Twitter: @dhnexon, @hilzoy, & Friends: I am so TIRED of people asking why TNC does not "give us hope".":

@dhnexon: I've spent the past 2 days rereading @thomaschattwill critique of @tanehisicoates in the NYT for a post on the 'new' race vs. class debate. I'm afraid to say that I'm not a fan.

Coates' oeuvre rests on careful documentation of the political economy of durable black-white inequality. Political scientists can easily recognize his argument as rooted in what we would call "historical institutionalism." Its foundations are emphatically not rooted in essentialist cultural categories or some Hegelian national spirit. And it's persuasive.

Indeed, Coates essentially popularizes what a lot of scholars in this area already know (this is not a criticism). From slavery, to the de facto serfdom of sharecropping, to Jim Crow racial authoritarianism, to racial bias in the New Deal, to redlining (and on and on), US political economy undermined the accumulation of economic & educational capital in black communities.

The pattern is similar—albeit more intense—to other manifestations of durable inequality, such as class in England.

For an explanation of why I keep using the term "durable inequality," see this @dlittle30 post:

So when @tanehisicoates writes about gentrification, he's not being mystical or strange He's both figuratively & literally correct. The existence of black urban communities, with depressed housing values and residents without household wealth? That's the direct legacy of specific discriminatory policies! So is the fact that young, educ. whites enjoy capital & credit to gentrify. The fact that gentrification is not simply being carried out by whites is not really relevant. As is how Williams "feels" about it.

Of course some African Americans will succeed in an non-level playing field. Of course those neither black and white will face different structural conditions. But what makes Williams' response even more ????. There is zero contradiction between @tanehisicoates account of racialized inequality and the existence of class inequality. Indeed, at an abstract level, similar social & political mechanisms are at work in durable black inequality and decreasing class mobility. But you cannot deny the specific, intense, and still-consequential policies of economic oppression faced by African Americans.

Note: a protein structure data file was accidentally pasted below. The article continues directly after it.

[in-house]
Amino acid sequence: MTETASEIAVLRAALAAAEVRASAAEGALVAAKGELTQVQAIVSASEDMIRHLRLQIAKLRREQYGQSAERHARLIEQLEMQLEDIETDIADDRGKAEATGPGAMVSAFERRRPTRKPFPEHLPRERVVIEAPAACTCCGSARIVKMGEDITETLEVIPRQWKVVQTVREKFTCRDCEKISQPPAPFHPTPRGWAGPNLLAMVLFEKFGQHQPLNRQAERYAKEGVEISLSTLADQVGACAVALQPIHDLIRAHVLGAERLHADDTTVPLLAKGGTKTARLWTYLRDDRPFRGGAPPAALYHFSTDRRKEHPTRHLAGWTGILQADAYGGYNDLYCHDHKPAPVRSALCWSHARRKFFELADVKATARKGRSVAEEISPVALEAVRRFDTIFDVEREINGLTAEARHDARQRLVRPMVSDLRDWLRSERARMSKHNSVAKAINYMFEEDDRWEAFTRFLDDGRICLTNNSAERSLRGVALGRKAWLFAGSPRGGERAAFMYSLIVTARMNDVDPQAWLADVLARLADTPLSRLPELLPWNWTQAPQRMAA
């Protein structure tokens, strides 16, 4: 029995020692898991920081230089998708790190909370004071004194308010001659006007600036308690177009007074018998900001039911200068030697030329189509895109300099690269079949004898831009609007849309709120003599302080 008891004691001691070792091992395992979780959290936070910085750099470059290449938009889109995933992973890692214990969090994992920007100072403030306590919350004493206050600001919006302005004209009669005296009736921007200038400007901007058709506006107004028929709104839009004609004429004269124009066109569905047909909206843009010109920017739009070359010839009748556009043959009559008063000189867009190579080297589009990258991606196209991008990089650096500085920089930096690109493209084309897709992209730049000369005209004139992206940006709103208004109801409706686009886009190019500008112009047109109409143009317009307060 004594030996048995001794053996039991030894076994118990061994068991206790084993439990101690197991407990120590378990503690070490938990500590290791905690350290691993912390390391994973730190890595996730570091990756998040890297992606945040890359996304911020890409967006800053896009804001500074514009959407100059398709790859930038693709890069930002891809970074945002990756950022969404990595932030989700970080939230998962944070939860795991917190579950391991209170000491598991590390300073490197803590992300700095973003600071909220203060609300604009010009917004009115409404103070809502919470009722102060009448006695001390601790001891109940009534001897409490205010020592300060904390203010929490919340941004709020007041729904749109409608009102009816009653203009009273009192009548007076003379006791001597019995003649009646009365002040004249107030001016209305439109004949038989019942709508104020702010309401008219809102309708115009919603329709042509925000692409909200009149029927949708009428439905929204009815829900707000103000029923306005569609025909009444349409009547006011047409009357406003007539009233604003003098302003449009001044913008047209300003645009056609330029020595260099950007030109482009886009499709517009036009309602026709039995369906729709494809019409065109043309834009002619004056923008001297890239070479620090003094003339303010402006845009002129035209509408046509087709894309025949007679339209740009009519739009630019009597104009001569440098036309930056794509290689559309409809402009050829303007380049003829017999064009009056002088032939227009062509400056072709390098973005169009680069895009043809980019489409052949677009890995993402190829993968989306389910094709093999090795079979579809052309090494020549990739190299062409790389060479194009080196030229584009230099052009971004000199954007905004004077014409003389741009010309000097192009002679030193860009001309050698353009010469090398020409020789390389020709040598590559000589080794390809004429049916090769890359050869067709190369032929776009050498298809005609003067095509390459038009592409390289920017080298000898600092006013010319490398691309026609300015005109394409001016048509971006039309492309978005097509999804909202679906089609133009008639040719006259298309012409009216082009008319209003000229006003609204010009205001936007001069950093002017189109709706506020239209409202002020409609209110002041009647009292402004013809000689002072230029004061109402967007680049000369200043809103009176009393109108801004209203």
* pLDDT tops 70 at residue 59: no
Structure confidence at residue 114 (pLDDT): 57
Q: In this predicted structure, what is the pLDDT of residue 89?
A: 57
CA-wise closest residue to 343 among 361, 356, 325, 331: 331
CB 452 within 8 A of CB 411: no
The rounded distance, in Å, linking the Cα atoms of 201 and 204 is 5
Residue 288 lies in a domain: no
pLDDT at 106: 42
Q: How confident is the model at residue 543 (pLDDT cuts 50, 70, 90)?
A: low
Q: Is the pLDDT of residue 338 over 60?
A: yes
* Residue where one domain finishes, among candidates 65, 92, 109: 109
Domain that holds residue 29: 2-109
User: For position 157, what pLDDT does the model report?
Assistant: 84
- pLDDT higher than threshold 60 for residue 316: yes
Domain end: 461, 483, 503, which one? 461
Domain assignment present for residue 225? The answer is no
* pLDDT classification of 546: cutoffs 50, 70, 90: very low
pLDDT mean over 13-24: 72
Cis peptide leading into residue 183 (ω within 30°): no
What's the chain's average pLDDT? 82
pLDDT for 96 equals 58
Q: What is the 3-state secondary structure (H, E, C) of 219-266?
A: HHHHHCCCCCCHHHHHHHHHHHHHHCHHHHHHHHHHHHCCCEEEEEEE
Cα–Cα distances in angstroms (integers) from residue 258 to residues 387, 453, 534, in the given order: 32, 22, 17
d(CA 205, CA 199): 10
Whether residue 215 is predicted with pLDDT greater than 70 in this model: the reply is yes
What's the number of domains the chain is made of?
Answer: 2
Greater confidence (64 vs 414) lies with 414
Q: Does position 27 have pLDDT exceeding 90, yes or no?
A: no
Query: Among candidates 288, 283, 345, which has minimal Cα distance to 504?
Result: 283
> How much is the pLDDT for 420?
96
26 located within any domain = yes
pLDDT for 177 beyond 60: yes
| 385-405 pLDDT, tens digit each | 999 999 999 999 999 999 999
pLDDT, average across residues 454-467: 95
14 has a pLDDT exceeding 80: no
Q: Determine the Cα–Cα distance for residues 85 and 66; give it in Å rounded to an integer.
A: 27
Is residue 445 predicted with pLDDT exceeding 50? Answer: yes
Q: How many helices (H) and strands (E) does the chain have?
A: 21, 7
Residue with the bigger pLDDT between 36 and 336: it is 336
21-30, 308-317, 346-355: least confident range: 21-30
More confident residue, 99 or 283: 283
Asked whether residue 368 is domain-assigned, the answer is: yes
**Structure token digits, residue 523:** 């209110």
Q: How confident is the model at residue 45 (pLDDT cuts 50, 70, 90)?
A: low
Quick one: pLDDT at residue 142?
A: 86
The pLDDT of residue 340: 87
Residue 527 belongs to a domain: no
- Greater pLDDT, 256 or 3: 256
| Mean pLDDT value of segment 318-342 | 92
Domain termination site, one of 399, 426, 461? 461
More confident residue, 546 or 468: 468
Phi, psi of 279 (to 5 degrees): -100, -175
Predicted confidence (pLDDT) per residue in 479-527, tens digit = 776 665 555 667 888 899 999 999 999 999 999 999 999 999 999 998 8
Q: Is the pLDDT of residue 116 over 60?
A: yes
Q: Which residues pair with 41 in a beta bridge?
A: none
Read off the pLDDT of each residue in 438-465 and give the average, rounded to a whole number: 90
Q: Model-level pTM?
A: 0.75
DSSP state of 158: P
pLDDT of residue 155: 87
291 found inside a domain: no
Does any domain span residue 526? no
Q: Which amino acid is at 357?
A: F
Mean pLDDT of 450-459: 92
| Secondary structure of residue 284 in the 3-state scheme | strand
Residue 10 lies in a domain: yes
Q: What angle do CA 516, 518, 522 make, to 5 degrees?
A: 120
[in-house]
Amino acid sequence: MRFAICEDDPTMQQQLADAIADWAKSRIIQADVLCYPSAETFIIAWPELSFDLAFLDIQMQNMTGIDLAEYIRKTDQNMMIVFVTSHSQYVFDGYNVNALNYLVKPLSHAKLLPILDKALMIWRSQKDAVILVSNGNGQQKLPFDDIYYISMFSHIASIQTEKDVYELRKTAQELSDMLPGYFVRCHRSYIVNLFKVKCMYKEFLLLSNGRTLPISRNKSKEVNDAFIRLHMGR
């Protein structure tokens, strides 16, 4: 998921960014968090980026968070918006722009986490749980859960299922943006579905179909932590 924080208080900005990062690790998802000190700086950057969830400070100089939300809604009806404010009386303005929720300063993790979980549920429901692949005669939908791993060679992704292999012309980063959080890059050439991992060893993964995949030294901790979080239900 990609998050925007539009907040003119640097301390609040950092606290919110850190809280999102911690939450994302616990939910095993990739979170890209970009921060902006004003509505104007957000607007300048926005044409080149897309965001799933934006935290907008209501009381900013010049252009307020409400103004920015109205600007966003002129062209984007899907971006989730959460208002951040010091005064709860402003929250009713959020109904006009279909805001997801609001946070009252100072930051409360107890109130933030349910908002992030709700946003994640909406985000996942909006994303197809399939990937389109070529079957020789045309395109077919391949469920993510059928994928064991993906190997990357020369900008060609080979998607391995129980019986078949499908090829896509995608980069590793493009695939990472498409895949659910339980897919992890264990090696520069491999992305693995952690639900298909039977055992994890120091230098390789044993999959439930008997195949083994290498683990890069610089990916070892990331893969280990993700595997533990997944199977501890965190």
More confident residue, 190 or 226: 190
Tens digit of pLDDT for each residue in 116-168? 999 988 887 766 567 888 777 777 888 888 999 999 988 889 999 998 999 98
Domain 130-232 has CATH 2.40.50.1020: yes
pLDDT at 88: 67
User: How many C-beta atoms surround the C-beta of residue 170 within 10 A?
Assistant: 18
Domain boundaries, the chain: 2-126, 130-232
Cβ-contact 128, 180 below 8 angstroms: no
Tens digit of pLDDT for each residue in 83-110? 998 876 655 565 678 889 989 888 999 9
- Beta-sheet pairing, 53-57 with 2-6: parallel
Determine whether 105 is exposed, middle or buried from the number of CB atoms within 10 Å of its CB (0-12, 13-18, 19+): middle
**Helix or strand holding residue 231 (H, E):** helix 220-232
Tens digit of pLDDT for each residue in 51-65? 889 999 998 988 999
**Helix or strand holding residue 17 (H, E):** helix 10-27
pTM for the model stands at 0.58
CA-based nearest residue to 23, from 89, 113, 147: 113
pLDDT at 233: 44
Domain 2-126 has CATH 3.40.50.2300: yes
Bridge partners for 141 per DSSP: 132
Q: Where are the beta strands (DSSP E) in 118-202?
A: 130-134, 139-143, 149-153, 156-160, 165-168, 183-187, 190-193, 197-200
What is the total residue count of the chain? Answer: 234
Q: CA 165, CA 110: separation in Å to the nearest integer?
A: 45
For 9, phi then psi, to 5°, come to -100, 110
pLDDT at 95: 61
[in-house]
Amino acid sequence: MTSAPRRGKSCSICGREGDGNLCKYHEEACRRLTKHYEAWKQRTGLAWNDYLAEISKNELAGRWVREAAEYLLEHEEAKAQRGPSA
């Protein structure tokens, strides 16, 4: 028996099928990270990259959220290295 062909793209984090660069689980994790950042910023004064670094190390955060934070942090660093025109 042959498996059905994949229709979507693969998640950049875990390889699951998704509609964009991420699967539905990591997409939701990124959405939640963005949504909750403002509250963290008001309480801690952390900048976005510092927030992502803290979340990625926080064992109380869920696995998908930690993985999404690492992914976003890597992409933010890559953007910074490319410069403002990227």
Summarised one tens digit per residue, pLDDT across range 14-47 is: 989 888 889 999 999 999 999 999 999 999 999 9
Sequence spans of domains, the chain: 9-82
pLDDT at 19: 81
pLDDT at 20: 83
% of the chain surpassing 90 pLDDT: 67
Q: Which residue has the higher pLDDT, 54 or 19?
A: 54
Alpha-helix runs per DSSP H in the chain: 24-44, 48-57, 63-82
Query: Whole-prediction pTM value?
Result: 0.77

Look at this way: the economic and political opportunities of indigenous Americans are still structured by 100+ years of ethnic cleansing. Does attention to that particular axis of durable inequality invalidate that faced by African Americans? Obviously not. Or, in less elliptical terms: black inequality in the US is a case of class inequality. The marker isn't accent, but skin color.

All of this basically invalidates foundations for Williams' claim that Coates' discussion of race is ideologically isomorphic with Nazis.

But let's push this further. This bog-standard "anti-identarian" leftwing claim, which some liberals are fawning over, gets it backwards. White nationalists have embraced the rhetoric of racial social justice as a propaganda ploy to mainstream their claims. This isn't new, but it's gotten more sophisticated recently. But that does not make their claims in any way correct. None of the 'new socialists' who embrace this line would ever say 'I should stop criticizing capitalism b/c fascists do as well.'

Anyway, I'll stop now. I'll leave with this from Williams' piece, just to emphasize how completely out of step it is w/ Coates' claims: